Sunday, April 12, 2009

Beyond the Rocks (1922)

Theodora (Gloria Swanson) is an object of fantasy for two men; one her husband, the other her would-be lover. Her own actions will devastate one of those men; not because she is cruel, but because the truth hurts. Especially when it’s unfair.

Theodora is the beautiful third daughter of Capt. Fitzgerald (Alec B. Francis), a poor but hearty retired British soldier, and widower. Her elder sisters, Sarah and Clementine, are as plain as a sodpatch, but pragmatic; they know Theodora’s beauty is the family’s best chance for security. Surely, she can bewitch some nobleman with a fat wallet.

This she will do. In her very first scene, Theodora’s rowboat overturns and she is saved by a handsome nobleman in a passing yacht. Hector, the tenth Earl of Bracondale (Rudolph Valentino) returns the girl to the beach. She hands him the Narcissus flower she’d pinned to her shirt; she asks him to enjoy the scent, though it might be waterlogged. He will not forget her.

He couldn't forget her. Theodora stands out not only because of her beauty, but because of the kind of beauty she possesses. Her face has no innocence; it is a wanton, dangerous face, severely angled; it would’ve swirled the brains of anyone in her little, impoverished village and it belongs only in the presence of a lustful and lazy, wealthy young man.

And that name—Theodora, also the name of the lowborn but gorgeous Byzantine actress who married the Emperor Justinian. Hector? He was the prince of Troy, of course; and the Narcissus the symbol of all-consuming, lethal vanity. The couple seem like a pair of gods, fragrant like the flower, surrounded by plain things.

But we all need to eat. The next intertitle sets the plot in motion: “Eventually Fate brings for Theodora a suitor who meets the family requirements.” And so we're introduced to Josiah Brown (Robert Bolder), a short and portly former grocer, now self-made millionaire. Josiah arrives at the Fitzgerald home immensely satisfied. He earned his money, and with it bought influence, freedom, and a big car. Now he wants a beautiful wife. The family finds him off-putting, but Clementine and Sarah like his money. Theodora stands on the Fitzgerald’s front stoop, flanked by her sisters, and accepts Josiah’s proposal.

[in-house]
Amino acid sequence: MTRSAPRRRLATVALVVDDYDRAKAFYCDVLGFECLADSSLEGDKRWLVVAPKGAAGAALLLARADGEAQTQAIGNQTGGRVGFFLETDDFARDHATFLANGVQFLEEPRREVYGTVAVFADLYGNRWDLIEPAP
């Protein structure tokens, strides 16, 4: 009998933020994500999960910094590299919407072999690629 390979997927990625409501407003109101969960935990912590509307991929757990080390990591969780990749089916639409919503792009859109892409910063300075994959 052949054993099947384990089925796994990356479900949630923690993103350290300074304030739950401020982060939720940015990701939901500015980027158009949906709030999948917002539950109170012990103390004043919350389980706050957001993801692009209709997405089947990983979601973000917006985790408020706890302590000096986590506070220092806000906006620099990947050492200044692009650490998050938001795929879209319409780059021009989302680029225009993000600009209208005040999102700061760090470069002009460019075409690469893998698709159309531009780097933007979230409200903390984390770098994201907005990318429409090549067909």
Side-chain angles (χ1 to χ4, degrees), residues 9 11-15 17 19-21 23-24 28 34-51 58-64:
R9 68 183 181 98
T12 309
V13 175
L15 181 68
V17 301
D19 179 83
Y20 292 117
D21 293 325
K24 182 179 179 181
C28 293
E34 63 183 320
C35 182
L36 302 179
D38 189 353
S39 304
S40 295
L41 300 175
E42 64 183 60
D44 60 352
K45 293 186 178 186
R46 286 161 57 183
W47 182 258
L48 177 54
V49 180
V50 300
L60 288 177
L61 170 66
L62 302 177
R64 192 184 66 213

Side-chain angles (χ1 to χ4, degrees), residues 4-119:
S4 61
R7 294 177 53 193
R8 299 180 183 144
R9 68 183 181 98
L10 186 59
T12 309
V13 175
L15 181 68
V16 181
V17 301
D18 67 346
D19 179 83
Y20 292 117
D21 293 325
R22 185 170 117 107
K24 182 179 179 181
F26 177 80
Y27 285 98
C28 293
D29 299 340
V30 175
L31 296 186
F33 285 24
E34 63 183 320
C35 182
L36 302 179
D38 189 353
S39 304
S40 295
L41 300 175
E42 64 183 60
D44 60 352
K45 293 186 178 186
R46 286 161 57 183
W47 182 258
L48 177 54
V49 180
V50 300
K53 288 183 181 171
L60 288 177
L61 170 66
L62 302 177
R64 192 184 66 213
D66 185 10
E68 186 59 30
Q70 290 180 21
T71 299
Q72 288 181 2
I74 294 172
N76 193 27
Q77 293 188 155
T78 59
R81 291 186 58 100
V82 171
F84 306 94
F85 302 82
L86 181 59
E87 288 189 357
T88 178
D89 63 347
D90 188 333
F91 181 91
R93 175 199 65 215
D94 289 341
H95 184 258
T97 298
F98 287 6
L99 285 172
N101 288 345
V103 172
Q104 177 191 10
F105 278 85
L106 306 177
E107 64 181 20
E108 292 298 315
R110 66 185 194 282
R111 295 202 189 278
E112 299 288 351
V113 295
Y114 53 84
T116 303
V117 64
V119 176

We expect to dislike Josiah, but it proves difficult. He is not overbearing, despite his position. He’s not miserly, either; following the wedding, he takes his wife on a honeymoon in the Alps, dressing her in beautiful jewels and furs. Josiah’s chief flaw seems to be his lack of energy. Maybe he used it all up in becoming a millionaire. When Theodora asks him to go hiking in the mountains, he declines. His lungs are bad. Or perhaps, he doesn’t feel so comfortable hanging out with the idle rich.

Hector is also staying at the inn, and like Theodora, he’s being watched. He’s joined by both his mother and the woman she’d have him marry, Morella Winmarleigh (Gertrude Astor). Neither of these ladies is around later when Hector and a male friend decide to hike in the mountains. Again, his party crosses paths with Theodora’s, and again, she endangers herself; losing her balance and falling over the cliffside, dangling unconscious by a rope.

Hector rappels to her aid, and the pair are lowered to a rock ledge, where he revives her. She smiles at him: “Fate seems to send you to me when I most need you, Lord Braccondale.” Theodora must put a lot of stock in forces outside her control. She and Hector are eventually pulled to safety by a rescue party that includes a distraught Josiah. He tends to his wife while an irked Hector stands and observes.

Hector will accept Fate, if it works fast enough. But he’s the type to rush. With his unlimited time and money, he follows the couple throughout their honeymoon travels, catching up with them in France. One day, when Josiah is again unwell, Hector and Theodora visit the gardens of Versailles. Here, in this playground of the wealthy, Hector recounts a moronic tale of aristocratic lovers, which the film recreates with Valentino and Swanson playing the roles. The scene is unsubtle, but so is Hector. He lauds the efforts of the bold (that is, adulterous) lover in his story, then declares his love for Theodora. She returns the sentiment immediately, but cautions him: “If we are not stronger than our love, we must not meet again.” Hector nods in agreement, but the scene ends with Theodora’s hand travelling downward to his.

Josiah and Theodora end up at a week-long Whitsuntide party, hosted by Hector’s sister in England. Hector is onsite too, with his mother and Morella. Josiah is again apart from Theodora, though this time, at least, he stays in visual range. He strikes up a conversation with Sir Lionel, a British adventurer intent on visiting Egypt and digging for artifacts. Like many people in Beyond the Rocks, Sir Lionel could sure use some of Josiah’s money. Josiah, totally oblivious to Hector’s designs, confides to the younger man that he’s half-tempted to join the expedition, not just fund it. Hector, to his credit, advises Josiah to stay put. The region is reportedly very dangerous.